Biography of Joe Louis

“The Brown Bomber: The Story of Joe Louis”



Quick Facts:

Date of Birth:
May 14, 1914

Date of Death: April 12, 1981

Parents: The son of an Alabama Sharecropper, called Mun Barrow, stepfather moved them to Detroit in 1924. Information on his mother is hard to come by.

Education: Very little because as a child he lived in poverty

Honors and Awards: Only boxer to retire with his championship belt. Won National Light Heavy Weight Amateur Crown of the Golden Gloves at nineteen years old.


Joe Louis ascended to the top of the boxing world faster than any other athlete in history. From his “Bum of the Month” campaign to his tragic death, Louis was one of the most interesting sports figures in history.

Known to many as the “Brown Bomber,” Joe Louis Barrow was born on May 13, 1914. He was the son of an Alabama sharecropper, and he was close to his large family. He moved to Detroit in 1924, where he won the National Light Heavyweight Amateur Crown of the Golden Gloves at the early age of nineteen. In 1933, John Roxborough, his manager at the time, thought his name was too long, so it was shortened to simply Joe Louis.

In 1935, Louis turned pro. He won his first eight fights, but finally lost to Max Schmelling, a German who was a key part of Hitler’s “Aryan Superiority”. After twelve grueling rounds, Louis was finally defeated by Schmelling via knock out. In 1937, Louis won the Heavyweight Championship of the World after beating James Bradock but later said, “I don’t want nobody to call me champ until I beat Schmelling”

Joe got his chance for a rematch on June 27, 1938, and he took advantage of it. Once the bell rang, Louis paid no attention to his defense, and went wild on Schmelling. He would win with a first round knock-out. Schmeling fell to the floor two minutes and four seconds into the fight. Louis dealt a devastating blow to Hitler’s Nazi Germany. Joe defended his title until 1942 when he served in the army. During his service, he fought two charity bouts for military relief.

When he left the service, he defended his title again until 1949, when he retired, still the champion.

So many victories in such a short amount of time, however, took a toll in the form of taxes. In Louis’s entire career he earned $4,677,992, but paid $1,199,000 in income taxes.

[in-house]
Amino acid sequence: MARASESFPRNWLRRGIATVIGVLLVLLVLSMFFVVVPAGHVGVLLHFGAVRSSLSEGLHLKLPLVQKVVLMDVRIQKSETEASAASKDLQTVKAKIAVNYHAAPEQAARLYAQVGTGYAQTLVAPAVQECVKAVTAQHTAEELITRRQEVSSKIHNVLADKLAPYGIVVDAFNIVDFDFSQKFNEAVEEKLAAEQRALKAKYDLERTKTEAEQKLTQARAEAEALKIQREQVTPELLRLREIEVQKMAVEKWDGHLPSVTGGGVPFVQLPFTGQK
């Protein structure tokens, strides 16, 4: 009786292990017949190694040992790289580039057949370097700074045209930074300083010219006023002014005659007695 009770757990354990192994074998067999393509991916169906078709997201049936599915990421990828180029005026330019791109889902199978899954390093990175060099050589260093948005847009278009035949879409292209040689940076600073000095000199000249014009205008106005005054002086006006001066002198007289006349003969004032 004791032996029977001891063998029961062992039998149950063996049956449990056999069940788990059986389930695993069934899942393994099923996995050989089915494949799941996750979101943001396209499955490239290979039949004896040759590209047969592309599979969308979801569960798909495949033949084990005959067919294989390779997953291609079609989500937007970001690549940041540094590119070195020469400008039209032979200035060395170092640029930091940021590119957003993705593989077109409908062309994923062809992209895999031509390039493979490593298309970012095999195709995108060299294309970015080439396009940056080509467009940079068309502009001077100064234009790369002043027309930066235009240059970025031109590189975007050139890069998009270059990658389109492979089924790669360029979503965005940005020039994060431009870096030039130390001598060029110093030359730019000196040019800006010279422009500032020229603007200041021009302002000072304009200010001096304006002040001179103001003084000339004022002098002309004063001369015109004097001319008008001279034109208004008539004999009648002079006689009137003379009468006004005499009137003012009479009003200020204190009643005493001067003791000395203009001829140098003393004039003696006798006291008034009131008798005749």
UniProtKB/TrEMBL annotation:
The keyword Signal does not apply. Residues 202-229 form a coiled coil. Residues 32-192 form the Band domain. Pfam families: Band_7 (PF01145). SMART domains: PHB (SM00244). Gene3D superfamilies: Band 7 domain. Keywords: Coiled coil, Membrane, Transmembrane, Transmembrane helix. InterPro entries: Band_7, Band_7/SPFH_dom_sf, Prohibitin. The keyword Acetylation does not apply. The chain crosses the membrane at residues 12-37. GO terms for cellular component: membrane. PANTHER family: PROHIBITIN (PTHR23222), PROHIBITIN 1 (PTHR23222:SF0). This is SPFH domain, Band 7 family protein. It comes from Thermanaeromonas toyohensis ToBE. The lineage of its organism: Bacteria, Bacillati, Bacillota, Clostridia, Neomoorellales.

Unfortunately, drugs also took a toll on Louis in his final years. In 1969, he collapsed on a New York City street and was hospitalized. The incident was credited to a “physical breakdown,” but Louis later admitted it was caused by his cocaine use and fear of a plot against his life.

With his health failing, Louis still went to major boxing events. On April 12, 1981, Joe had had ringside seats at a Larry Holms vs. Trever Berbick championship bout. After the match, Louis went into cardiac arrest and died at age sixty-six.

During his career, Louis had many wonderful moments in his boxing career. Joe Louis retired with the boxing title, won his first eight matches as a pro, faced men like Rocky Marciano, Tony Zale, Buddy Baer, and Johnny Paycheck. He is now said to be one of the best prize fighters of all time.

Bibliography


Byers, Paula K. Encyclopedia of World Biography. Detroit: Gale Research, 1998.

Sherrow, Victoria. North American Biographies. Danbury : Phillip Lief Group Inc., 1994.

The Joe Louis Estate. “Joe Louis the Official Web Site.” Joe Louis Biography. 1999. The Joe Louis Estate CMG Worldwide. 14, Mar. 2000 <www.cmgww.com/sports/louis/louis.html>.

Nolan, Jenny. "Brown Bomber: The man behind the fists." Joe Louis Estate. The Detroit News. 3/14/00. <http://detnews.com/history/louis/louis.htm>.


For a more detailed biography on Joe Louis click HERE.


Date created March 21, 2000
Click to return to the Black Biographies page